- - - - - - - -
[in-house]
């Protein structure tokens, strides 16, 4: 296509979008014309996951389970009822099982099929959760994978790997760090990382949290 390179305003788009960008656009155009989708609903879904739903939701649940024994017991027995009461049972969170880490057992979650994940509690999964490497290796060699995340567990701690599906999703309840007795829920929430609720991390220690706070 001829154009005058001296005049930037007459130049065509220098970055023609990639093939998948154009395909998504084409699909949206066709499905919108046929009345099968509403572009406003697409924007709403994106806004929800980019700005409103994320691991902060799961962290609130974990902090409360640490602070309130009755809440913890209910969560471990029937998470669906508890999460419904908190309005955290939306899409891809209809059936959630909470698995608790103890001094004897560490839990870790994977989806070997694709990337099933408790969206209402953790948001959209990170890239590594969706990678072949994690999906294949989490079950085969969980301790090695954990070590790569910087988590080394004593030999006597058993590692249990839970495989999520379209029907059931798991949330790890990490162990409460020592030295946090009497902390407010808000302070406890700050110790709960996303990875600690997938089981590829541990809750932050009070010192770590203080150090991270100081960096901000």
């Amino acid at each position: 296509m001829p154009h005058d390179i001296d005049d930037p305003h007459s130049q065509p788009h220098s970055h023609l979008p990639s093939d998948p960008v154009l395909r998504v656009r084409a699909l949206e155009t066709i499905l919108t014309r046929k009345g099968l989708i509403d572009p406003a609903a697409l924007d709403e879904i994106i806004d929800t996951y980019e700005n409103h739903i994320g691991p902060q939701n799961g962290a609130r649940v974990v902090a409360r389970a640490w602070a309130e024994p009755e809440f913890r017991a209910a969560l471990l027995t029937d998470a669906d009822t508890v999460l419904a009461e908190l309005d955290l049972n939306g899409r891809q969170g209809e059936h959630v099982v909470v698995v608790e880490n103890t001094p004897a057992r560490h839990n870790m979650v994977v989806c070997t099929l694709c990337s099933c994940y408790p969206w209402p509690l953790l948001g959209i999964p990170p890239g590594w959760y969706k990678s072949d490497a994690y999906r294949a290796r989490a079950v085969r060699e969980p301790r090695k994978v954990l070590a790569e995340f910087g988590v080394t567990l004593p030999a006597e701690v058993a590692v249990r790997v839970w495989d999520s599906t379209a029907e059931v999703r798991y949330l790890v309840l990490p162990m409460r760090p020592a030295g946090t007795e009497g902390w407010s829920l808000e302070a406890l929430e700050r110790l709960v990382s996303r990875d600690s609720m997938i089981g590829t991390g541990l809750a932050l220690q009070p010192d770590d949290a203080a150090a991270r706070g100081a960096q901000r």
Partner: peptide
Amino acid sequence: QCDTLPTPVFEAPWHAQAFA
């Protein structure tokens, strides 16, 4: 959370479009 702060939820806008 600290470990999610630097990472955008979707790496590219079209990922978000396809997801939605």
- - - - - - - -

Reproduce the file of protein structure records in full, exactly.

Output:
[in-house]
């Protein structure tokens, strides 16, 4: 296509979008014309996951389970009822099982099929959760994978790997760090990382949290 390179305003788009960008656009155009989708609903879904739903939701649940024994017991027995009461049972969170880490057992979650994940509690999964490497290796060699995340567990701690599906999703309840007795829920929430609720991390220690706070 001829154009005058001296005049930037007459130049065509220098970055023609990639093939998948154009395909998504084409699909949206066709499905919108046929009345099968509403572009406003697409924007709403994106806004929800980019700005409103994320691991902060799961962290609130974990902090409360640490602070309130009755809440913890209910969560471990029937998470669906508890999460419904908190309005955290939306899409891809209809059936959630909470698995608790103890001094004897560490839990870790994977989806070997694709990337099933408790969206209402953790948001959209990170890239590594969706990678072949994690999906294949989490079950085969969980301790090695954990070590790569910087988590080394004593030999006597058993590692249990839970495989999520379209029907059931798991949330790890990490162990409460020592030295946090009497902390407010808000302070406890700050110790709960996303990875600690997938089981590829541990809750932050009070010192770590203080150090991270100081960096901000």
């Amino acid at each position: 296509m001829p154009h005058d390179i001296d005049d930037p305003h007459s130049q065509p788009h220098s970055h023609l979008p990639s093939d998948p960008v154009l395909r998504v656009r084409a699909l949206e155009t066709i499905l919108t014309r046929k009345g099968l989708i509403d572009p406003a609903a697409l924007d709403e879904i994106i806004d929800t996951y980019e700005n409103h739903i994320g691991p902060q939701n799961g962290a609130r649940v974990v902090a409360r389970a640490w602070a309130e024994p009755e809440f913890r017991a209910a969560l471990l027995t029937d998470a669906d009822t508890v999460l419904a009461e908190l309005d955290l049972n939306g899409r891809q969170g209809e059936h959630v099982v909470v698995v608790e880490n103890t001094p004897a057992r560490h839990n870790m979650v994977v989806c070997t099929l694709c990337s099933c994940y408790p969206w209402p509690l953790l948001g959209i999964p990170p890239g590594w959760y969706k990678s072949d490497a994690y999906r294949a290796r989490a079950v085969r060699e969980p301790r090695k994978v954990l070590a790569e995340f910087g988590v080394t567990l004593p030999a006597e701690v058993a590692v249990r790997v839970w495989d999520s599906t379209a029907e059931v999703r798991y949330l790890v309840l990490p162990m409460r760090p020592a030295g946090t007795e009497g902390w407010s829920l808000e302070a406890l929430e700050r110790l709960v990382s996303r990875d600690s609720m997938i089981g590829t991390g541990l809750a932050l220690q009070p010192d770590d949290a203080a150090a991270r706070g100081a960096q901000r």
Partner: peptide
Amino acid sequence: QCDTLPTPVFEAPWHAQAFA
């Protein structure tokens, strides 16, 4: 959370479009 702060939820806008 600290470990999610630097990472955008979707790496590219079209990922978000396809997801939605």